Lee-on-The-Solent – the seaside resort that died

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As I live near the sea in Hampshire, books on the heritage of the traditional seaside holiday have always intrigued me. Hence, of course, I snapped up Sarah Freeman’s “Beside the Sea” tome on Amazon and promptly read the thing from start to finish.

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One section called out to me – the one on Lee-on-The-Solent, or just plain old Lee-on-Solent as we locals call it. I couldn’t believe that at one point in its history, it was being promoted as a seaside resort.

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Reading Sarah’s book, it appears that there was always a tug of love in the town between the forward thinking resort planners and those that just wanted a quiet residential haven.  Due to a number of circumstances, the latter has won and its now a somewhat beautiful, breezy, yet sleepy little enclave.

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It hides a lot of history however. In 1917, Lee was chosen as the ideal spot for the location of the HM Naval Seaplane Training School.  This interest in flight saw, in 1931, the air speed record broken by Flight-Lieutenant Stainforth just before the war where he notched up an average speed of 408.8mph in the skies above Lee.  The slipway down to the sea and a half-retained part of the mechanism for a crane that was part of the aircraft school is all that remains.

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Just four years later, a confidence in the belief that Lee-on-The-Solent could evolve into a prime seaside resort lead to the construction of an art deco style Lee Tower (120 feet tall), pier, ballroom, cinema and Palm Court cafe and restaurant.

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From the images from the seaside information stand (above), It had the look of a grand ocean liner with a similarly grand hotel opposite.It also, at that time, had a railway link too although that closed before the war too and wouldn’t have survived Beecham’s infamous  rail cull no doubt.

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The complex survived the war too, with the tower painted in camouflage to help disguise it from German air crews using it as an orientation devise.  The Americans took it over and planned their part in Operation Overlord from the Lee Tower Complex. Noel Coward even sang on Tower Pier.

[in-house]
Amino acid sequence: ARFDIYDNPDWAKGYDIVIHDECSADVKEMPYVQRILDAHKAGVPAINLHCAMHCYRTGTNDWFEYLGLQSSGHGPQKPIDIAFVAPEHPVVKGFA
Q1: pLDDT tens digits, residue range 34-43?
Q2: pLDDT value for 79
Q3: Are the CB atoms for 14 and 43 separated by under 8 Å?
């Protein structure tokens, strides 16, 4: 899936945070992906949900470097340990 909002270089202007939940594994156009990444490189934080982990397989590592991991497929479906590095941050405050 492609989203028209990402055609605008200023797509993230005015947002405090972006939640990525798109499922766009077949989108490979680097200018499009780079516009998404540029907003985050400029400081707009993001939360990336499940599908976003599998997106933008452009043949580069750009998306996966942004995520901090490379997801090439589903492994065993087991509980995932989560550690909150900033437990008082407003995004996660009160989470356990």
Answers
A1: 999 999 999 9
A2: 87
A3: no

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There however the story ends and the dream died. The Tower Complex never lived up to visitor expectation however – presumably because of its design, lack of local will and competition from both the1960s/70’s boom in foreign holidays and other more established seaside resorts back home.  With the building of a raft of homes in the area too, it apparently made the resort feel more like a residential town than a resort – and Lee Pier was demolished in 1958 with the tower following in 1971.

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So what remains of this once glorious vision? Well a restaurant and arcade are still there (they were built alongside), there’s an arcade of shops opposite that has a very 1930’s feel and the Dutch-gabled Pier Hotel is still recognisable. These are located on Pier Street – street names are always a good indicator of what had once been there.

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On the actual site, there’s a remembrance garden.

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You can still walk along the long Marine Promenade and at the Fareham end, (Monk’s Head), wind surfers reign supreme. It was the only real sign of life in the place on a sunny yet breezy afternoon in July.

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Even the hovercraft museum (which I long to visit) is shut – hopefully temporarily.

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I came away feeling more than a little sad about what might once have been and now lies mostly forgotten. I am thankful however for Sarah’s book for telling me more about my local history and leading to this recent expedition. If you would like to buy it too, here’s the Amazon link.

Contributor & photographer:  Sue Lowry

 

Follow A3Traveller on Twitter: @A3Traveller and Sue Lowry on Google +, YouTube, Linkedin, Flickr and Pinterest. I also operate another blog for my company, Magellan PR – http://www.magellanstraits.com. They can be followed on Twitter: @MagellanPR, on Google+, on YouTube, on Pinterest and on Facebook.

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